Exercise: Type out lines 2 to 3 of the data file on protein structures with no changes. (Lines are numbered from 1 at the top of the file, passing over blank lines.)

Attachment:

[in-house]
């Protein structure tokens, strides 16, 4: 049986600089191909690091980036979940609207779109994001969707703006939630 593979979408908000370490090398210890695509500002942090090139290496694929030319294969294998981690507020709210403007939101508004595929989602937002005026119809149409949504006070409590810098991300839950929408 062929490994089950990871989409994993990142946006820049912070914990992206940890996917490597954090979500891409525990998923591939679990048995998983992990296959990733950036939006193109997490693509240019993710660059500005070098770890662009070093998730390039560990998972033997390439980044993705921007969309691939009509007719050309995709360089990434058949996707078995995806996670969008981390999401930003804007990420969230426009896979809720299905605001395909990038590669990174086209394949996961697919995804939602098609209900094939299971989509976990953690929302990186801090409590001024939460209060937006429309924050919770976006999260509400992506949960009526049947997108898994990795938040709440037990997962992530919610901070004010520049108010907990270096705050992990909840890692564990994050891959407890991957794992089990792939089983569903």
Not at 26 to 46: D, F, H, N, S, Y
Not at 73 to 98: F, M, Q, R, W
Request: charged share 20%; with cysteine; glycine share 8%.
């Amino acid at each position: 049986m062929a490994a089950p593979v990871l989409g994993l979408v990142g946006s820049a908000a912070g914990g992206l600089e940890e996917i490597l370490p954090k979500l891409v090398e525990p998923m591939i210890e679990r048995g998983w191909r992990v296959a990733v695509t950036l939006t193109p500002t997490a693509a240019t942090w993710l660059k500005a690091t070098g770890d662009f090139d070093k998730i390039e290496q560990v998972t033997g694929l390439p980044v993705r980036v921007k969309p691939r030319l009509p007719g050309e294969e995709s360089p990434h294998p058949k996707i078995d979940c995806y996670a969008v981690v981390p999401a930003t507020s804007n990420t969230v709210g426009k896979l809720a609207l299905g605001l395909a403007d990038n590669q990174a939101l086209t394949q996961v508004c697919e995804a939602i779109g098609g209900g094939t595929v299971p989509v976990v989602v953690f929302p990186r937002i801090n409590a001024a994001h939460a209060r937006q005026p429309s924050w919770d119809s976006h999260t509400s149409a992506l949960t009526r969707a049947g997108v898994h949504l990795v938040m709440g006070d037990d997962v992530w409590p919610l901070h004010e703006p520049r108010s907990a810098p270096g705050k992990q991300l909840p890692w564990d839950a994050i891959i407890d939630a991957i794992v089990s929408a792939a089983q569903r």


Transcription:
């Protein structure tokens, strides 16, 4: 049986600089191909690091980036979940609207779109994001969707703006939630 593979979408908000370490090398210890695509500002942090090139290496694929030319294969294998981690507020709210403007939101508004595929989602937002005026119809149409949504006070409590810098991300839950929408 062929490994089950990871989409994993990142946006820049912070914990992206940890996917490597954090979500891409525990998923591939679990048995998983992990296959990733950036939006193109997490693509240019993710660059500005070098770890662009070093998730390039560990998972033997390439980044993705921007969309691939009509007719050309995709360089990434058949996707078995995806996670969008981390999401930003804007990420969230426009896979809720299905605001395909990038590669990174086209394949996961697919995804939602098609209900094939299971989509976990953690929302990186801090409590001024939460209060937006429309924050919770976006999260509400992506949960009526049947997108898994990795938040709440037990997962992530919610901070004010520049108010907990270096705050992990909840890692564990994050891959407890991957794992089990792939089983569903």
Not at 26 to 46: D, F, H, N, S, Y